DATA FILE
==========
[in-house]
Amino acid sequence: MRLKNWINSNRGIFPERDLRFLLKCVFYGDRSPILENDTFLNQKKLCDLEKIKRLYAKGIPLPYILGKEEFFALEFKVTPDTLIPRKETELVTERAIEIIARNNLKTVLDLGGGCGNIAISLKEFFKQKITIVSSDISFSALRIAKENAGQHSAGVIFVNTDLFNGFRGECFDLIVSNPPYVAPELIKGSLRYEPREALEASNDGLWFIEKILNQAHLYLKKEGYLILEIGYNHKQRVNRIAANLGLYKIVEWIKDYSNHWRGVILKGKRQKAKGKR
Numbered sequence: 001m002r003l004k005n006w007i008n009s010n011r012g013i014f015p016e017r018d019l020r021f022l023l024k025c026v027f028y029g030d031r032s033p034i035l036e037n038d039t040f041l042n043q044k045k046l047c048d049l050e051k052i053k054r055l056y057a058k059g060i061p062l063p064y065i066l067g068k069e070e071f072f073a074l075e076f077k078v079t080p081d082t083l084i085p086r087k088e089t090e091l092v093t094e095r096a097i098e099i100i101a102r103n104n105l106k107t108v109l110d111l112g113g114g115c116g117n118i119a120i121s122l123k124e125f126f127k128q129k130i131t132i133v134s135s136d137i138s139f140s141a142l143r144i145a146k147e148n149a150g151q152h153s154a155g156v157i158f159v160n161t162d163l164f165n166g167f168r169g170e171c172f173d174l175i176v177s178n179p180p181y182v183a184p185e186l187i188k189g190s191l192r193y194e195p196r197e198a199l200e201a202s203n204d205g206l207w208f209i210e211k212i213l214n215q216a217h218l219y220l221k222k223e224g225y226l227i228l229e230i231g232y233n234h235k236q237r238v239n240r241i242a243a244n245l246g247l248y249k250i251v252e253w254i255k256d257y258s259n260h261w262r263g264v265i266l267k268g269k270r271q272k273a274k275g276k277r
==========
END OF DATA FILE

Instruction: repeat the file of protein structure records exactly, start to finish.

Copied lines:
[in-house]
Amino acid sequence: MRLKNWINSNRGIFPERDLRFLLKCVFYGDRSPILENDTFLNQKKLCDLEKIKRLYAKGIPLPYILGKEEFFALEFKVTPDTLIPRKETELVTERAIEIIARNNLKTVLDLGGGCGNIAISLKEFFKQKITIVSSDISFSALRIAKENAGQHSAGVIFVNTDLFNGFRGECFDLIVSNPPYVAPELIKGSLRYEPREALEASNDGLWFIEKILNQAHLYLKKEGYLILEIGYNHKQRVNRIAANLGLYKIVEWIKDYSNHWRGVILKGKRQKAKGKR
Numbered sequence: 001m002r003l004k005n006w007i008n009s010n011r012g013i014f015p016e017r018d019l020r021f022l023l024k025c026v027f028y029g030d031r032s033p034i035l036e037n038d039t040f041l042n043q044k045k046l047c048d049l050e051k052i053k054r055l056y057a058k059g060i061p062l063p064y065i066l067g068k069e070e071f072f073a074l075e076f077k078v079t080p081d082t083l084i085p086r087k088e089t090e091l092v093t094e095r096a097i098e099i100i101a102r103n104n105l106k107t108v109l110d111l112g113g114g115c116g117n118i119a120i121s122l123k124e125f126f127k128q129k130i131t132i133v134s135s136d137i138s139f140s141a142l143r144i145a146k147e148n149a150g151q152h153s154a155g156v157i158f159v160n161t162d163l164f165n166g167f168r169g170e171c172f173d174l175i176v177s178n179p180p181y182v183a184p185e186l187i188k189g190s191l192r193y194e195p196r197e198a199l200e201a202s203n204d205g206l207w208f209i210e211k212i213l214n215q216a217h218l219y220l221k222k223e224g225y226l227i228l229e230i231g232y233n234h235k236q237r238v239n240r241i242a243a244n245l246g247l248y249k250i251v252e253w254i255k256d257y258s259n260h261w262r263g264v265i266l267k268g269k270r271q272k273a274k275g276k277r